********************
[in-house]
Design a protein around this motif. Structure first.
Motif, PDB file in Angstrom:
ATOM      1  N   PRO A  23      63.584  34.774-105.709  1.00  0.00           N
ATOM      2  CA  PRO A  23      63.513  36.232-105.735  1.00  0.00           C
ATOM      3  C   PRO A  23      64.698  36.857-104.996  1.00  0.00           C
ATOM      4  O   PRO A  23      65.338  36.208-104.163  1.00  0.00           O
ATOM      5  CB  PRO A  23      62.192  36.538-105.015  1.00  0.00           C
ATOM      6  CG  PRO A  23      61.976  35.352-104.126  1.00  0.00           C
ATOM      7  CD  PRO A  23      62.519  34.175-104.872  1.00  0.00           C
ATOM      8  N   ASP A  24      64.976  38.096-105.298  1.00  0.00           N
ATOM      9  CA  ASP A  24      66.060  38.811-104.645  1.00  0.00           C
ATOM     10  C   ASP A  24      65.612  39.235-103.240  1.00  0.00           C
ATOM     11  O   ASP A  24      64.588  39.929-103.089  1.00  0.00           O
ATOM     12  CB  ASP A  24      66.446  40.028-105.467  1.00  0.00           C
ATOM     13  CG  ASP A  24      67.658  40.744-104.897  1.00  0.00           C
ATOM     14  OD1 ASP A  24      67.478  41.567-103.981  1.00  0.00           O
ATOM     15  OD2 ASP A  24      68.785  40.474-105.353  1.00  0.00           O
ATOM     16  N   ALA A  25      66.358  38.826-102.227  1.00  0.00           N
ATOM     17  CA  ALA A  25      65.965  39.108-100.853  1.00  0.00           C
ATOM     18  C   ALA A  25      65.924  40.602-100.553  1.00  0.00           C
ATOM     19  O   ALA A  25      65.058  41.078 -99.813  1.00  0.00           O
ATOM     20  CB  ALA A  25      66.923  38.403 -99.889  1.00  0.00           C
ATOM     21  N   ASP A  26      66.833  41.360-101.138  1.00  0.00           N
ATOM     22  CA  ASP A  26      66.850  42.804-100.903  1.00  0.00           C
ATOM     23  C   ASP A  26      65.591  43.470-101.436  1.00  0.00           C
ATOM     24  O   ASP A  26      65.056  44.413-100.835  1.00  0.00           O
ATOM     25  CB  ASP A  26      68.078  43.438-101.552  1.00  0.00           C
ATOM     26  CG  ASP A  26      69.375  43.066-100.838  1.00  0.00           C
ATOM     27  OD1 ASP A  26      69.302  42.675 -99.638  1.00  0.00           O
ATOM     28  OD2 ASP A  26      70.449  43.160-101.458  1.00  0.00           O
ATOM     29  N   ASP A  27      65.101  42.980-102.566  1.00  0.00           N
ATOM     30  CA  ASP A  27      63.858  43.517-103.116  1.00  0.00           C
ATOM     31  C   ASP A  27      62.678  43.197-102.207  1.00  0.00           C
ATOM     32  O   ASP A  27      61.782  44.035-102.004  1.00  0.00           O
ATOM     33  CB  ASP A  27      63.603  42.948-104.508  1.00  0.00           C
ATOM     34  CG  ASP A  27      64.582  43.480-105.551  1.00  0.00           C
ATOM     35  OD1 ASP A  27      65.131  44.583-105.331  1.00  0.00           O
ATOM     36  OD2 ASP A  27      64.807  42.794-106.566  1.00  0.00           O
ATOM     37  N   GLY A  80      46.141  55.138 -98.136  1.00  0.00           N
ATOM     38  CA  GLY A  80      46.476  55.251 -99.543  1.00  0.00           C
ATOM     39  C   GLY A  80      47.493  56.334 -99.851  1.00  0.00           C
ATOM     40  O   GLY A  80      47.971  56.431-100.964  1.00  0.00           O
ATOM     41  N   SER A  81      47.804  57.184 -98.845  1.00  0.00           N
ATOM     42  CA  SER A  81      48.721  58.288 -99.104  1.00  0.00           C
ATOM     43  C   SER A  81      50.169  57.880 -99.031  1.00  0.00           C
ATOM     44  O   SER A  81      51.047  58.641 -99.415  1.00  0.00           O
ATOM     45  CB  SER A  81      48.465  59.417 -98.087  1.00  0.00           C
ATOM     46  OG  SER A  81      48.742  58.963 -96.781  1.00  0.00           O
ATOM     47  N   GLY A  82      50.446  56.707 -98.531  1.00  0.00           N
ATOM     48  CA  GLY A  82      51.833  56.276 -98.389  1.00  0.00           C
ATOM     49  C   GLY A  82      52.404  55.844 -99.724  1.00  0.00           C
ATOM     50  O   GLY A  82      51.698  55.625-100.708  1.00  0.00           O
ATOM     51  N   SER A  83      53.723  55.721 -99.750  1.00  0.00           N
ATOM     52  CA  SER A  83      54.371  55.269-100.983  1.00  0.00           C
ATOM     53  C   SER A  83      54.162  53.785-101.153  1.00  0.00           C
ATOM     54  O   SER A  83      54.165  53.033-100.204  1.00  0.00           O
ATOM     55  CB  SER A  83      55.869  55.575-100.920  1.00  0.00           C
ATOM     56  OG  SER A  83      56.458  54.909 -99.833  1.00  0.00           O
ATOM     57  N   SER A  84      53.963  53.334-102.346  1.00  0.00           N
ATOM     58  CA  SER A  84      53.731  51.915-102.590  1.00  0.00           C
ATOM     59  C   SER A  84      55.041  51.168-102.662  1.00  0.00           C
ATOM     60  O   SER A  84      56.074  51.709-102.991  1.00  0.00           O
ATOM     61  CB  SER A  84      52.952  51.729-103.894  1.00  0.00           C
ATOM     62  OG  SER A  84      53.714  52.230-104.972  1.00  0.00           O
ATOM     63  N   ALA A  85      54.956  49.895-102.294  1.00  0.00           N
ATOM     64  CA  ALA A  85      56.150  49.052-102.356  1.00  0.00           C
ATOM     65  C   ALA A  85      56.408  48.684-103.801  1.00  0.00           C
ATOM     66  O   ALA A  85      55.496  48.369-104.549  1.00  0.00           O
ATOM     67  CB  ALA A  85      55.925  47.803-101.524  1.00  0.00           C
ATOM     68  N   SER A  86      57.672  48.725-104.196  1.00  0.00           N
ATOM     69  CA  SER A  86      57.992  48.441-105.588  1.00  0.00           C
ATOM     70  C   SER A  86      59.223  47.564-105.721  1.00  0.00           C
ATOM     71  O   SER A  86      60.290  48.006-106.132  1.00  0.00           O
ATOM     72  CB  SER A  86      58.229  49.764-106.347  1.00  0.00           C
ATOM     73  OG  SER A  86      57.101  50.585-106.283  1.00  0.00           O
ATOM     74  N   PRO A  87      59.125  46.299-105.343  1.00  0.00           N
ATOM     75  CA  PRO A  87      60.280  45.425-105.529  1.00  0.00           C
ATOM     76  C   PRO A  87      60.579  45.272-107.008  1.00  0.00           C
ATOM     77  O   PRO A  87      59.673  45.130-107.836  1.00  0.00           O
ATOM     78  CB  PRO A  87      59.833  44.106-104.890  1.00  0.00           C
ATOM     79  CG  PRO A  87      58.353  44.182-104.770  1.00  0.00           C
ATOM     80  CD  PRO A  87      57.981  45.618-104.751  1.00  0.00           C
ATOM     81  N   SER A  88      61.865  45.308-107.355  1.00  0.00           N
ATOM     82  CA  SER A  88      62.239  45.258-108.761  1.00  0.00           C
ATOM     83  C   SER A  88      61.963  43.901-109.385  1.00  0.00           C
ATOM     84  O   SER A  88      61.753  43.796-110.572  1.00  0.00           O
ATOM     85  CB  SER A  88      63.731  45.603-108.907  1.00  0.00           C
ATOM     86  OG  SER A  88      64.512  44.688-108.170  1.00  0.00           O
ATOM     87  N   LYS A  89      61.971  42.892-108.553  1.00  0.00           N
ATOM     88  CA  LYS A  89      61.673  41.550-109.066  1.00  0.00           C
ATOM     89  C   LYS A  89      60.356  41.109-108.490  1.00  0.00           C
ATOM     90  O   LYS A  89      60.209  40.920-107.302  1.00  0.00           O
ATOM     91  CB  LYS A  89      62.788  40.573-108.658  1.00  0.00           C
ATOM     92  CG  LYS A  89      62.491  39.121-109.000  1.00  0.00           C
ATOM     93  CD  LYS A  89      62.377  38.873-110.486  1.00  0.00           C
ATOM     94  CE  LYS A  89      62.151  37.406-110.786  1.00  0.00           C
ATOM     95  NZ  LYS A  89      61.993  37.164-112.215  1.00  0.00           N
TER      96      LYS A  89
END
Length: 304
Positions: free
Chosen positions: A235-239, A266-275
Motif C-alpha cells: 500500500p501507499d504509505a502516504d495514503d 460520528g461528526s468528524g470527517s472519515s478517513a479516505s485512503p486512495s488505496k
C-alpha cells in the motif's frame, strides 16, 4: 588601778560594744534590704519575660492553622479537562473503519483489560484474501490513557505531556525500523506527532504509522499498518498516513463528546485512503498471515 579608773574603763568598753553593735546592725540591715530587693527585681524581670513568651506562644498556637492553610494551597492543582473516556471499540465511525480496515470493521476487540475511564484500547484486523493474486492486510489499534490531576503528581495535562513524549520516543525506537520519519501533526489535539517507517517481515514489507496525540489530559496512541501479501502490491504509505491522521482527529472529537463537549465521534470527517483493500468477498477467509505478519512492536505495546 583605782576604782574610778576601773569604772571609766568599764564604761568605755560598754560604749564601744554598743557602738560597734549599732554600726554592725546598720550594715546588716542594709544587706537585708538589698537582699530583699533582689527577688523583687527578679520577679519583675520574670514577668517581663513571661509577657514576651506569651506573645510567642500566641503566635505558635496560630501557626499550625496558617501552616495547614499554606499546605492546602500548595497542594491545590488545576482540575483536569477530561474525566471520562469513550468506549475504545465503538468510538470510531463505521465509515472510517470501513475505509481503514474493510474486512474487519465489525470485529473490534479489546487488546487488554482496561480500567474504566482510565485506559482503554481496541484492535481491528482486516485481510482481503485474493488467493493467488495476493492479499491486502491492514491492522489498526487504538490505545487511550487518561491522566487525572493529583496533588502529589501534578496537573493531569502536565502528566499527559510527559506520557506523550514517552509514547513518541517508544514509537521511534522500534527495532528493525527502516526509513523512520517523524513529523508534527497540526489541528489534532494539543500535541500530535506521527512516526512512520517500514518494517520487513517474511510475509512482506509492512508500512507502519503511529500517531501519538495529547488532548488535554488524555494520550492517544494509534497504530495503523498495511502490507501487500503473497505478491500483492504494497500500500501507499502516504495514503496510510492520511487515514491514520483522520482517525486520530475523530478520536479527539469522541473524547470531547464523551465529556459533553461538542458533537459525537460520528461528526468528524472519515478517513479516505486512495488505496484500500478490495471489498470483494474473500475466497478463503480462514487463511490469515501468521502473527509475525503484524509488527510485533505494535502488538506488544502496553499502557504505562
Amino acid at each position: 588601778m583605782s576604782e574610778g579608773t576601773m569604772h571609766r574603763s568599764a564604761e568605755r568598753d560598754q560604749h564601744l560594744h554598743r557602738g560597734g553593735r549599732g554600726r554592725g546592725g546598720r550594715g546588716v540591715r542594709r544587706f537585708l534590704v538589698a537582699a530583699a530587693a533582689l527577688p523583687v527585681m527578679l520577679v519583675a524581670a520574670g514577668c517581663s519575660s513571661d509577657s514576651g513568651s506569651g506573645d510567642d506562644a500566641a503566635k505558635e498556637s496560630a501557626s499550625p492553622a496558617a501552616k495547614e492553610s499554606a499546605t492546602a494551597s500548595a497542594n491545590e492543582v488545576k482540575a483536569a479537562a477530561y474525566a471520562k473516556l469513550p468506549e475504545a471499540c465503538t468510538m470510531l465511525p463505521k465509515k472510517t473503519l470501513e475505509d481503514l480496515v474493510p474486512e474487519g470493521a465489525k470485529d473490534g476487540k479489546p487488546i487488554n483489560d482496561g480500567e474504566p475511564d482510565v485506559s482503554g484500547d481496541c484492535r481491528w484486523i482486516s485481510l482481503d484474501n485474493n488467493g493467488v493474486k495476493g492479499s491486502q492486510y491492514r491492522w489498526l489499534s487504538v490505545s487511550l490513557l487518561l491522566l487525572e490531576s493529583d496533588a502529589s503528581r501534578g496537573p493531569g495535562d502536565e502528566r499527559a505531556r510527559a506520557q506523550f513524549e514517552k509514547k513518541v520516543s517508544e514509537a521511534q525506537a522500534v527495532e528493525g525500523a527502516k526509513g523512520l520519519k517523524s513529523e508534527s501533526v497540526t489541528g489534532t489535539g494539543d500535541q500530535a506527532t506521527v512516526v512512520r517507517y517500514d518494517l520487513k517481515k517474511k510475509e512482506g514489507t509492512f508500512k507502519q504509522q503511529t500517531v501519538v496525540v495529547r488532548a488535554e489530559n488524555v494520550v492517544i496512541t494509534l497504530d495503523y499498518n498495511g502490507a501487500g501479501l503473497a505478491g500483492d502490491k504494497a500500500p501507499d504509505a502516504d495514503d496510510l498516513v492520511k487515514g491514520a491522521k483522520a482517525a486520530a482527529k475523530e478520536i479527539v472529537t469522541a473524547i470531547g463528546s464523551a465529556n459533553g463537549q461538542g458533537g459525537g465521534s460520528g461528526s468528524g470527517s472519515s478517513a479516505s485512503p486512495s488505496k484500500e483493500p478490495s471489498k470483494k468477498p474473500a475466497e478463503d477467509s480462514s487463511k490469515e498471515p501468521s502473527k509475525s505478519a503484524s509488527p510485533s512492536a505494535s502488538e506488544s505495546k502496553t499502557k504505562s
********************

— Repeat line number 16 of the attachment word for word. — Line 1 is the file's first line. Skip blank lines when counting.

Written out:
ATOM     13  CG  ASP A  24      67.658  40.744-104.897  1.00  0.00           C